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Microsoft's Acquisition of Activision Blizzard Approved by Japan Fair Trade Commission

The Japan Fair Trade Commission (JFTC) announced its approval of Microsoft's acquisition of Activision Blizzard, stating that the deal will not cause substantial harm to competition. This decision follows the recent approval of the acquisition by the British antitrust watchdog, Competition and Markets Authority (CMA), which also determined that the deal would not harm competition in the game console market.

The JFTC's decision is a significant victory for Microsoft, as the acquisition has faced scrutiny from regulators in several countries, including the European Union, the United Kingdom, the United States, and South Korea. The deal has already been approved by regulators in Brazil, Saudi Arabia, the United Arab Emirates, Chile, and Serbia, with rumors suggesting that Chinese regulators will also support the acquisition.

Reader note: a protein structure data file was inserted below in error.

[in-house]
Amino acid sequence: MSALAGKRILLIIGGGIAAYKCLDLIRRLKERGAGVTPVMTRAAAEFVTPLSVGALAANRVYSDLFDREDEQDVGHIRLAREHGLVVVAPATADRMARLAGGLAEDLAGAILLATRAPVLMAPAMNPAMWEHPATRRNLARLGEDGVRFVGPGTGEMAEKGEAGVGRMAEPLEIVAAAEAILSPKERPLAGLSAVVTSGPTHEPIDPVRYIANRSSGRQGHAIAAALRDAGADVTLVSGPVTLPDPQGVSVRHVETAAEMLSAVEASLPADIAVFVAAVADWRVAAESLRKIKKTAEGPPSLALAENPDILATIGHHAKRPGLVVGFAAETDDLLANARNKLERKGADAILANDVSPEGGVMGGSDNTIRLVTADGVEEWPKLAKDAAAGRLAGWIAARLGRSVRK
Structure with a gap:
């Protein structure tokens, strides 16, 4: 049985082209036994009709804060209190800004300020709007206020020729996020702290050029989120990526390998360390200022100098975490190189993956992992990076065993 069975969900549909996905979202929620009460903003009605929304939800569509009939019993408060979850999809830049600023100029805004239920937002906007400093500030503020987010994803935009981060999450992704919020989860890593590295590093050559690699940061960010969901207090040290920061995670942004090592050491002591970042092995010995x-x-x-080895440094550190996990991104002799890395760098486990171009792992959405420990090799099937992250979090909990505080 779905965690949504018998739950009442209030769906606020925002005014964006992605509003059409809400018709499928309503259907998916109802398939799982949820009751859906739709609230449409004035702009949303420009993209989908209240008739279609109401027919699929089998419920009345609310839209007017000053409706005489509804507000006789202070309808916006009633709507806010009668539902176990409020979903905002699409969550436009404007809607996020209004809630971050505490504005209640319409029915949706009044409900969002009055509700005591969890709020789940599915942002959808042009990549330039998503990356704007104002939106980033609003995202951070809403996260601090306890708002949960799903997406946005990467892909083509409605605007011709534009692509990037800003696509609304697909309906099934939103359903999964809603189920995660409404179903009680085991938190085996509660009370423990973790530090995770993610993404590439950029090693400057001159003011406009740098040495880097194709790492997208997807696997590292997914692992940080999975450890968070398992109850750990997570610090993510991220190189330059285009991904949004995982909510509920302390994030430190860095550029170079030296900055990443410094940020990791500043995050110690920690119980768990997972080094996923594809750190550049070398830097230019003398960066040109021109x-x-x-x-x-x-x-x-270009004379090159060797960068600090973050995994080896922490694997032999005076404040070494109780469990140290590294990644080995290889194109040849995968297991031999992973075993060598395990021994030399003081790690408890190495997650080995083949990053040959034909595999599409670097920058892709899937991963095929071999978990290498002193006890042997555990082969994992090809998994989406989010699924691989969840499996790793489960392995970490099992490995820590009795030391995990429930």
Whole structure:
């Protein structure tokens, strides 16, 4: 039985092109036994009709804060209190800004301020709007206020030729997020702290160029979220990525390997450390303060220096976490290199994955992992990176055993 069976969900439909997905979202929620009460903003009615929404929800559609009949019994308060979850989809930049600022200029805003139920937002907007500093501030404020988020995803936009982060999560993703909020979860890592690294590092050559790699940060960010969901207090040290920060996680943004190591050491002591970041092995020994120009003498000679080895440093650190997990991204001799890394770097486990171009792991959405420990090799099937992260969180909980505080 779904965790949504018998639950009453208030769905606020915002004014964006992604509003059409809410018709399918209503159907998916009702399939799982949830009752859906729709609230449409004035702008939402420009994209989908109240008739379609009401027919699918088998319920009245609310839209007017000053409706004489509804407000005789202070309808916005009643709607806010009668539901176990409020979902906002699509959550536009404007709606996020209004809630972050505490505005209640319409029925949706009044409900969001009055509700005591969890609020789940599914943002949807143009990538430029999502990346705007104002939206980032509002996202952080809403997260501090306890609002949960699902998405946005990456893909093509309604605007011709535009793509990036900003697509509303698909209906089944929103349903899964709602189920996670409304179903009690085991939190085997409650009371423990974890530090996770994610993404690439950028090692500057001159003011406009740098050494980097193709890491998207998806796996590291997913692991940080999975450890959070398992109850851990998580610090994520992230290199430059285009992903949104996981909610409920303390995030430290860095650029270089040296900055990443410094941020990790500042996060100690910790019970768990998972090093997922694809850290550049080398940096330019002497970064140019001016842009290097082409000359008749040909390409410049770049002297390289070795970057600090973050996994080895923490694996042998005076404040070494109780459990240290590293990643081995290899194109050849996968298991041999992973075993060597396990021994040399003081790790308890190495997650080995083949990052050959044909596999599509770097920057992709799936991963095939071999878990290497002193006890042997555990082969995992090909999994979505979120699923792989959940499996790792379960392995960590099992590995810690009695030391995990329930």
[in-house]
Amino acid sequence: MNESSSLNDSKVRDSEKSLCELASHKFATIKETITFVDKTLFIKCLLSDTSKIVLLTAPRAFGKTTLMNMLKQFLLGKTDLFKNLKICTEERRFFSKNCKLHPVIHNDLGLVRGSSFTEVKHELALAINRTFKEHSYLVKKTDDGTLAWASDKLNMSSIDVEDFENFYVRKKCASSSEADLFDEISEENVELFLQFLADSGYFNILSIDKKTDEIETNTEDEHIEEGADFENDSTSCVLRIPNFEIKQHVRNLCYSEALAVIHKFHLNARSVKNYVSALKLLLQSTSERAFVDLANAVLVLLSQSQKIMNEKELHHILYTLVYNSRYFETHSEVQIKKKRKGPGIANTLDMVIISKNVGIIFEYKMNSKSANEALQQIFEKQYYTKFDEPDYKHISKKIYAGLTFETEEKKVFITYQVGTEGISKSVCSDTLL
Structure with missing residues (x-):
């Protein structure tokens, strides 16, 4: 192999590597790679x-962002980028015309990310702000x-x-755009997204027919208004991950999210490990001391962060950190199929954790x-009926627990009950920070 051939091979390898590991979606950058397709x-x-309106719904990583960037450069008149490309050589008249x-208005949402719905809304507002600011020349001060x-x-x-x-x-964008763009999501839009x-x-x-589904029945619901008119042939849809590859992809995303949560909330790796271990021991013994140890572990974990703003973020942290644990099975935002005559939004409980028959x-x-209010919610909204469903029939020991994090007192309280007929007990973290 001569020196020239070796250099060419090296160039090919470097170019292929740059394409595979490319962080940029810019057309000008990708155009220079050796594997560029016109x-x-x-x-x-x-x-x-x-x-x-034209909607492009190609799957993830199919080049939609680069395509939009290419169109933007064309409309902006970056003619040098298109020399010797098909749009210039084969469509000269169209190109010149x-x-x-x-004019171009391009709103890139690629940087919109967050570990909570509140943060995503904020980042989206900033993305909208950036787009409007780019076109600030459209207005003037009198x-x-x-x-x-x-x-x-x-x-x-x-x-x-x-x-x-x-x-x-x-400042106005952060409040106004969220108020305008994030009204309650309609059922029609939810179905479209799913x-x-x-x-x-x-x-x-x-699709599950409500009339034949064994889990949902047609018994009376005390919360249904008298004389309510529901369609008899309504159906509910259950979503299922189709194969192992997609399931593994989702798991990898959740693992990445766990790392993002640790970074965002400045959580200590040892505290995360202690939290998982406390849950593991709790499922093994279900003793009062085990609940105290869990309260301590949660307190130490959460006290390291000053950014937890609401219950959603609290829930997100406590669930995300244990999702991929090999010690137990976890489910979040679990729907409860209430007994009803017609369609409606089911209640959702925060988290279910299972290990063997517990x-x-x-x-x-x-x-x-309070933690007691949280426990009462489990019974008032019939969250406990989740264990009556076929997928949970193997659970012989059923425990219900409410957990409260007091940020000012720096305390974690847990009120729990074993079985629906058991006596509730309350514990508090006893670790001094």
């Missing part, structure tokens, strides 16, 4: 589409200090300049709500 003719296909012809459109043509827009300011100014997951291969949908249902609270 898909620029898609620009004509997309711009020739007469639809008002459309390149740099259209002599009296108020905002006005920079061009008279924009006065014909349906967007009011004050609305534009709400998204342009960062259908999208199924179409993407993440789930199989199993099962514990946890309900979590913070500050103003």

Sony SIE, a major competitor of Microsoft in the game console market, has expressed concerns that the acquisition would give Microsoft an unfair advantage. However, the JFTC's decision indicates that these concerns did not have a substantial impact on their decision.

EU and UK CMAs Still Need to Make Final Ruling

While the approval from the JFTC is a significant step forward for Microsoft, the company still needs to receive approval from the European Union and UK CMAs, which is not expected until the end of April. The CMA has expressed concerns about the nascent cloud market, but Microsoft has already signed 10-year deals with companies like NVIDIA GeForce NOW, Boosteroid, and Ubitus, indicating their willingness to bring all of their games, including those from Activision Blizzard, to the cloud.

US Federal Trade Commission's (FTC) Uncertain Attitude

The attitude of the US Federal Trade Commission (FTC) towards the acquisition is still uncertain, with the agency currently suing Microsoft in an attempt to block the acquisition. However, users generally believe that the FTC cannot win the case, as the agency has previously admitted that the lawsuit is only to prove its point, even if they know that they cannot win the case.

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